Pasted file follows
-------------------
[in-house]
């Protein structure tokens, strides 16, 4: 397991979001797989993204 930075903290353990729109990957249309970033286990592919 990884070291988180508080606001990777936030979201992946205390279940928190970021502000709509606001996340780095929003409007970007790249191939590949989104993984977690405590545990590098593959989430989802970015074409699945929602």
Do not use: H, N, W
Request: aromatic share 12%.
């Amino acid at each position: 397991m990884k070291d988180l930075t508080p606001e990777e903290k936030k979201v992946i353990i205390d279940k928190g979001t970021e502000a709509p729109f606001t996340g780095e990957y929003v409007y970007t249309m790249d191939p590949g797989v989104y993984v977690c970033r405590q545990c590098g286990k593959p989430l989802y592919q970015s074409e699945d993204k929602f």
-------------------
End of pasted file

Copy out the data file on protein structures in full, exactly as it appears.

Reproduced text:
[in-house]
């Protein structure tokens, strides 16, 4: 397991979001797989993204 930075903290353990729109990957249309970033286990592919 990884070291988180508080606001990777936030979201992946205390279940928190970021502000709509606001996340780095929003409007970007790249191939590949989104993984977690405590545990590098593959989430989802970015074409699945929602």
Do not use: H, N, W
Request: aromatic share 12%.
């Amino acid at each position: 397991m990884k070291d988180l930075t508080p606001e990777e903290k936030k979201v992946i353990i205390d279940k928190g979001t970021e502000a709509p729109f606001t996340g780095e990957y929003v409007y970007t249309m790249d191939p590949g797989v989104y993984v977690c970033r405590q545990c590098g286990k593959p989430l989802y592919q970015s074409e699945d993204k929602f």